According to Vincent Vandier, executive director of AFPEN, the French pension fund association, the Thomas law, which could have been a start for pension funds, suffers some basic defects, that could be taken account if and when a new law is passed in parliament. Certain benefits as well as accumulated savings could be paid to dependants in the event of a death before retirement. The scope for transfer of funds should be widened and unions should be accommodated and their role strengthened.

Defined benefits as well as reimbursement of accumulated savings in the event of death or of incapacity should be allowed and transferability should mean both the tax-free transfer from other sources of long-term savings and early availability of funds in case of hardship".

Plans should allow a more proactive trade union involvement. Collective bargaining should be the name of the game. Negotiations should, as a possibility but not as an obligation, include employee unions in the setting up and management of the plan. The employer in the setting up of a pension fund could be compelled in a first round of negotiations to consult trade union employees representatives.

A softening of the prudential guidelines with a solvency margin on top of a minimal funding requirement is desirable, but only where the pension fund is the risk bearer.

Tax and social charge reliefs have to be retained, according to AFPEN, although the association accepts that most employers' contributions will be subject to social charges.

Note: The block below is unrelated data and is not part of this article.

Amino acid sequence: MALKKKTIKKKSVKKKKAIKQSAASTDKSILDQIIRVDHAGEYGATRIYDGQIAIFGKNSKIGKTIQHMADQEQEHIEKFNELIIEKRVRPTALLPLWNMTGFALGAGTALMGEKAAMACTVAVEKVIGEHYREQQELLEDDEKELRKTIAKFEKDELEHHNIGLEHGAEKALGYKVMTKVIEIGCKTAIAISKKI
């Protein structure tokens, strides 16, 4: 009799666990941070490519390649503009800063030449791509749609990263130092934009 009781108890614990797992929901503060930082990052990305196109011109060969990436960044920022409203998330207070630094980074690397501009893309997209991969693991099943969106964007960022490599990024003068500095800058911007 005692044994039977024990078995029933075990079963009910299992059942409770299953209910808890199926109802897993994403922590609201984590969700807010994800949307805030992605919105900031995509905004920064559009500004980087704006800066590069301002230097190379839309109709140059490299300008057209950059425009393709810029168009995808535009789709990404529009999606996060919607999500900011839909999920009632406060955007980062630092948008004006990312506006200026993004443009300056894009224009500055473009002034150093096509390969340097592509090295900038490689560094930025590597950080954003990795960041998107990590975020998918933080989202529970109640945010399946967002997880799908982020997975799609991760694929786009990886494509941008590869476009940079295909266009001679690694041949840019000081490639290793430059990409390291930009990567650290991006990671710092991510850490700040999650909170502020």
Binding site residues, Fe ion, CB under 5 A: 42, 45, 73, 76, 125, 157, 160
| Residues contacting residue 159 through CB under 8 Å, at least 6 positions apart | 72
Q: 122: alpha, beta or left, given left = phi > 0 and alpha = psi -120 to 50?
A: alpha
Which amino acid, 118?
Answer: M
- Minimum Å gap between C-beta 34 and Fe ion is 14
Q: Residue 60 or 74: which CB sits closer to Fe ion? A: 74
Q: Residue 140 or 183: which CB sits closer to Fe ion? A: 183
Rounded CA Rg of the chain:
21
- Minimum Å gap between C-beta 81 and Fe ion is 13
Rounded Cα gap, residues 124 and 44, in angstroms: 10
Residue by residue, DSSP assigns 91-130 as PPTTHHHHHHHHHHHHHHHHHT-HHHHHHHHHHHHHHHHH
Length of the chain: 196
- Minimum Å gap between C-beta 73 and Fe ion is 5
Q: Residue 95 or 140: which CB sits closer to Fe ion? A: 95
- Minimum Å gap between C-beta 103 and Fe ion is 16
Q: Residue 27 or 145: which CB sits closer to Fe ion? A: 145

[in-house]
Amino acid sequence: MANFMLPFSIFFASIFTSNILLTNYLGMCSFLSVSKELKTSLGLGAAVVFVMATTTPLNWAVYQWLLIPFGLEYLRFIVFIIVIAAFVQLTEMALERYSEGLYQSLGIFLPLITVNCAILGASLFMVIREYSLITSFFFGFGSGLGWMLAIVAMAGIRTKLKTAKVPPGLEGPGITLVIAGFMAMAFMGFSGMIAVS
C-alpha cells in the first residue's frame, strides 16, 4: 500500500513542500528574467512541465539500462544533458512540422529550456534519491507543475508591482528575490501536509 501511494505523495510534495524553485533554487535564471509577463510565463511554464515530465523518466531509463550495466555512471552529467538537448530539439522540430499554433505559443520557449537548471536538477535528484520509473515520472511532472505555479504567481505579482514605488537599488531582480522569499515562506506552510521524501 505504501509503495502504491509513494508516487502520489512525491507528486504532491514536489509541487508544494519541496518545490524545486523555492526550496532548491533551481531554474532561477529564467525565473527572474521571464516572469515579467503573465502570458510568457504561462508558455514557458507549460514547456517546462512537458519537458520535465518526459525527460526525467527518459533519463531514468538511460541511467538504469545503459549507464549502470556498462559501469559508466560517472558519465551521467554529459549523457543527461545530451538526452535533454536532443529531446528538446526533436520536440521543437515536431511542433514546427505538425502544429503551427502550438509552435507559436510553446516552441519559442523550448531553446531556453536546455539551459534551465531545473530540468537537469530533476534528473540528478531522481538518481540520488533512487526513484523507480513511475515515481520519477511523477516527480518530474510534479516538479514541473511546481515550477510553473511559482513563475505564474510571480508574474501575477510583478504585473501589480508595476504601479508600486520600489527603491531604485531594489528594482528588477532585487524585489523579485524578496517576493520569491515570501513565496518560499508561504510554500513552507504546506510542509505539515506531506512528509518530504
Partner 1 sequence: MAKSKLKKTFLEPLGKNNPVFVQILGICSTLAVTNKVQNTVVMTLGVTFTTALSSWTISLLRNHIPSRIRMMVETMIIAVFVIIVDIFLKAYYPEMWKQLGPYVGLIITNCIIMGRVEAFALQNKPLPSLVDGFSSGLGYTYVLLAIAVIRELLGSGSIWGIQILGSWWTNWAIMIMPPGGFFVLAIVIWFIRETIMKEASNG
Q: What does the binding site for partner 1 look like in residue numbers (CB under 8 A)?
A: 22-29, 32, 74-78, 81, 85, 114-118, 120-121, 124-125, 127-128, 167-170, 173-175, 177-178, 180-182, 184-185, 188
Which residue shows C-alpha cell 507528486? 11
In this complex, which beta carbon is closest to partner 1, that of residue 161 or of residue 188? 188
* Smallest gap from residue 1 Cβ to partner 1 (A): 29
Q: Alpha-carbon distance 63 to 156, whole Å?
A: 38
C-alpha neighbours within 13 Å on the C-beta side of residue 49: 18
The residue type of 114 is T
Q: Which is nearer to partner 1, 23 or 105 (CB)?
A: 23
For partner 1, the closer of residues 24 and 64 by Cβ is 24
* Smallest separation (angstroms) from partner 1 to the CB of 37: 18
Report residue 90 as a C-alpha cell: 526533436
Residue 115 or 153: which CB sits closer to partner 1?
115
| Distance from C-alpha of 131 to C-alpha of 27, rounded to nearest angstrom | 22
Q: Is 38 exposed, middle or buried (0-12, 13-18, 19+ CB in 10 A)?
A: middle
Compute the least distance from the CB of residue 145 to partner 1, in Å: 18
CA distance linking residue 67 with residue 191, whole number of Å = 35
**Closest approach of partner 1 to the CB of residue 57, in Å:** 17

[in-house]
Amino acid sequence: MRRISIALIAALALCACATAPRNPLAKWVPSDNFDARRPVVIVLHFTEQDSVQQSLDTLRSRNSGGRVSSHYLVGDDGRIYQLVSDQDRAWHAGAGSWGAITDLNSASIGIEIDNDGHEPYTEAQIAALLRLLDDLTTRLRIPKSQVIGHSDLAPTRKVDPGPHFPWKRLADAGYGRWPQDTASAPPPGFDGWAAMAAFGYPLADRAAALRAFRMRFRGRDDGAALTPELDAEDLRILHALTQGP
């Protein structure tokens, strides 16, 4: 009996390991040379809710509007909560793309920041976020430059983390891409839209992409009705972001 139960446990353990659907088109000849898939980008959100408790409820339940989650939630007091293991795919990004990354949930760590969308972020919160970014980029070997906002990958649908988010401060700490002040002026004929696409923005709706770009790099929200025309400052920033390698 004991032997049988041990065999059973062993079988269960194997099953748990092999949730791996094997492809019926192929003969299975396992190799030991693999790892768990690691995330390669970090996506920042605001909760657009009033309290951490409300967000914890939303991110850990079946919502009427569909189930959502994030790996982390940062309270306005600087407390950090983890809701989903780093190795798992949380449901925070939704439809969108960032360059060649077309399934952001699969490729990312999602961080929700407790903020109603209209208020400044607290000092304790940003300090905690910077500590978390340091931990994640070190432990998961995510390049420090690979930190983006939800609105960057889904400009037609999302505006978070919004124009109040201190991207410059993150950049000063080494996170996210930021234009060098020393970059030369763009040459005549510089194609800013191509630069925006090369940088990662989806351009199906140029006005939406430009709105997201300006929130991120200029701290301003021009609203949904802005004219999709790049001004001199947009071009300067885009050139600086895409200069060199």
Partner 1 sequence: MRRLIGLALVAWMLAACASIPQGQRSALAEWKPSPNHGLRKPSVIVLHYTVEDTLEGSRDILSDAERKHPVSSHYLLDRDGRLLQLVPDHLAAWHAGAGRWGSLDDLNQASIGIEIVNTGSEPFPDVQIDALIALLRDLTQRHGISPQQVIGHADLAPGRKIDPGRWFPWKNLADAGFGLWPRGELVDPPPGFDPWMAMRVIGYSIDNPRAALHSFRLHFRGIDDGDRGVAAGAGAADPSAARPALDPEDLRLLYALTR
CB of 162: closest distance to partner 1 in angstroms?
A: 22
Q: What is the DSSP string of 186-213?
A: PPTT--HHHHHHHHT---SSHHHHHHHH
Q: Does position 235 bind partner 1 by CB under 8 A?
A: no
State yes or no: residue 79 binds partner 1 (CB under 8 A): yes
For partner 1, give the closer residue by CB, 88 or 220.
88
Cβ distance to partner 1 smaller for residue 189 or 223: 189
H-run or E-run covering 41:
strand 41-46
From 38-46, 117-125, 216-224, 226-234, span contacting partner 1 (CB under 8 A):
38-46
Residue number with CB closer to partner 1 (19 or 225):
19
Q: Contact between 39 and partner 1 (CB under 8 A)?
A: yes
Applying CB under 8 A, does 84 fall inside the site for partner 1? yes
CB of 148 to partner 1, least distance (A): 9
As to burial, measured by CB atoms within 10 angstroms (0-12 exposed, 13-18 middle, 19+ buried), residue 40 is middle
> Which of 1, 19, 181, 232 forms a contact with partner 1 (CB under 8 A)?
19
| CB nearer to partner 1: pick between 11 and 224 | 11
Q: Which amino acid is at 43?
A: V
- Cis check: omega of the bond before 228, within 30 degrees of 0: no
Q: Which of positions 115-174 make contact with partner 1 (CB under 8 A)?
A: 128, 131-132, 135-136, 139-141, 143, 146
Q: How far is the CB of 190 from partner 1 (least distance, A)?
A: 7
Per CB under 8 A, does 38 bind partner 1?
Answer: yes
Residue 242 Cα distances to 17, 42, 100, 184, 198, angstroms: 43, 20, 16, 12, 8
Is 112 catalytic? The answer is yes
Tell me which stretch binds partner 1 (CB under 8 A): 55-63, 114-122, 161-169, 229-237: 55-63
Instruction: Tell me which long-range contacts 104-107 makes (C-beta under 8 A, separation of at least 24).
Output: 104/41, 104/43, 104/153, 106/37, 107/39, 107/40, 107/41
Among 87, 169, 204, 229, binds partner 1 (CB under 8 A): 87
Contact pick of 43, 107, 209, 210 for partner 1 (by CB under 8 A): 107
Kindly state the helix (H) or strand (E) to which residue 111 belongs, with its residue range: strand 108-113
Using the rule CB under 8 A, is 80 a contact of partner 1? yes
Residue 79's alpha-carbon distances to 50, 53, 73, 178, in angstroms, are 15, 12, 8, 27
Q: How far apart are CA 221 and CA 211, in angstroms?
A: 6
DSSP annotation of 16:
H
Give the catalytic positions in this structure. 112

In respect of corporate governance a code of good conduct and a quality standard should be adopted.

The code, to be agreed by AFPEN's members, will be based on three principles: security of the promise, transparency of the management and adequate information with a responsible dedicated entity to supervise and to promote scheme members' interests.

A standard known as Pension Quality Europe F19 and P19, the former for the fund, the latter for the plan, should be granted every three years by an independent body, in line with ISO 9000 guidelines, and requiring the plan and the fund to meet five commitments each.

For the fund the requirements are that the dedicated entry is stable, that the executive is reliable, that the operators are professionals, that the solvency is adequate and that steering is effective.

For the plan, the requirements are that the promise is clear, that the investment strategy is adequate, that the supervisory committee has effective control, that the marketing is transparent and that the communication is effective.

AFPEN should be in a position to provide statistical data, to pool statistics and have some standards in common across Europe. Considering the long-term nature of pension funds they deserve a European directive different from that for life insurance. John Lappin"